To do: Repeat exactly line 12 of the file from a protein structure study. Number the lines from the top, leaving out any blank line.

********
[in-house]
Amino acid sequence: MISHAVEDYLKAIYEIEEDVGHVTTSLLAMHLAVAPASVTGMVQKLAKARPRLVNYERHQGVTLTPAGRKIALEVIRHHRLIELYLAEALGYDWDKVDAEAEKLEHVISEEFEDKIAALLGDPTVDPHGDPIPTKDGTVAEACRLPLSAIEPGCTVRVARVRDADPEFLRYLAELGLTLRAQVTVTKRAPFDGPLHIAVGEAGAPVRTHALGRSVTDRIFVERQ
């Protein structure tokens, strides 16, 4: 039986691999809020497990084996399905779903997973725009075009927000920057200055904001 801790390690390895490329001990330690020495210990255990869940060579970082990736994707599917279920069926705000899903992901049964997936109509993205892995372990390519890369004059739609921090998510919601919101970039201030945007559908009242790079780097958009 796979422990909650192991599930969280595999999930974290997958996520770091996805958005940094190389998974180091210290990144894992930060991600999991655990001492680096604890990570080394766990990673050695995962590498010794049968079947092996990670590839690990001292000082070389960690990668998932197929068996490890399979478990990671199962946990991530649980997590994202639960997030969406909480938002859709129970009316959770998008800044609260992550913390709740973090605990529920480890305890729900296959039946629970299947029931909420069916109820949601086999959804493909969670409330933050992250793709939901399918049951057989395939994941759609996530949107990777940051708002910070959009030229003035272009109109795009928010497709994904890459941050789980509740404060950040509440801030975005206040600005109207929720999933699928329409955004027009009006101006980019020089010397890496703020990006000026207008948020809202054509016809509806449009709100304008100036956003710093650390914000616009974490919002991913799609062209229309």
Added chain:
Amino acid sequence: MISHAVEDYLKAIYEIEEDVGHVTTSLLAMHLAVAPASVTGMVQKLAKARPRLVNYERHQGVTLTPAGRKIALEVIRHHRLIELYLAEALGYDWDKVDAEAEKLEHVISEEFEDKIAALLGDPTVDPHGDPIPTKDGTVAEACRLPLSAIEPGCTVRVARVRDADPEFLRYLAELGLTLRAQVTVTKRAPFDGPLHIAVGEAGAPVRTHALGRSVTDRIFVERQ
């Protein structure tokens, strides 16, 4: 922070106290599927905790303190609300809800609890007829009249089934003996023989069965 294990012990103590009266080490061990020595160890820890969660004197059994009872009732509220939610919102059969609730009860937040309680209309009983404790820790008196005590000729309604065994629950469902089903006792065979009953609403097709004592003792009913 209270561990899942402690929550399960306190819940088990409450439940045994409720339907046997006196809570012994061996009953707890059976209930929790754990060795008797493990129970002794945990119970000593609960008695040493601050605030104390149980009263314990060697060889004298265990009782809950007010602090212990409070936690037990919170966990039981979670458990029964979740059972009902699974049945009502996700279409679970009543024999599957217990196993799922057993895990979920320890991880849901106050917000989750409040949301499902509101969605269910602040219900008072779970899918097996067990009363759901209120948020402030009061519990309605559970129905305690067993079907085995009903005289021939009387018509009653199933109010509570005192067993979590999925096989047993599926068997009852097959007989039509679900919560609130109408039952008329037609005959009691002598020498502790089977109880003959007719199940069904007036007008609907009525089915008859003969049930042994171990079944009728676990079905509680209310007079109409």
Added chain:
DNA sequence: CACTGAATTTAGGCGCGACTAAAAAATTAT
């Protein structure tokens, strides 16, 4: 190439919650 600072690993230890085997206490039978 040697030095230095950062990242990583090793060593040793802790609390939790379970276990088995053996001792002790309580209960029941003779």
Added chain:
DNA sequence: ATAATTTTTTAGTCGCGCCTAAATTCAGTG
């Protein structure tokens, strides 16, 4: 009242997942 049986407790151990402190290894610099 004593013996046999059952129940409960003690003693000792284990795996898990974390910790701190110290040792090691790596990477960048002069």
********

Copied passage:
């Protein structure tokens, strides 16, 4: 009242997942 049986407790151990402190290894610099 004593013996046999059952129940409960003690003693000792284990795996898990974390910790701190110290040792090691790596990477960048002069």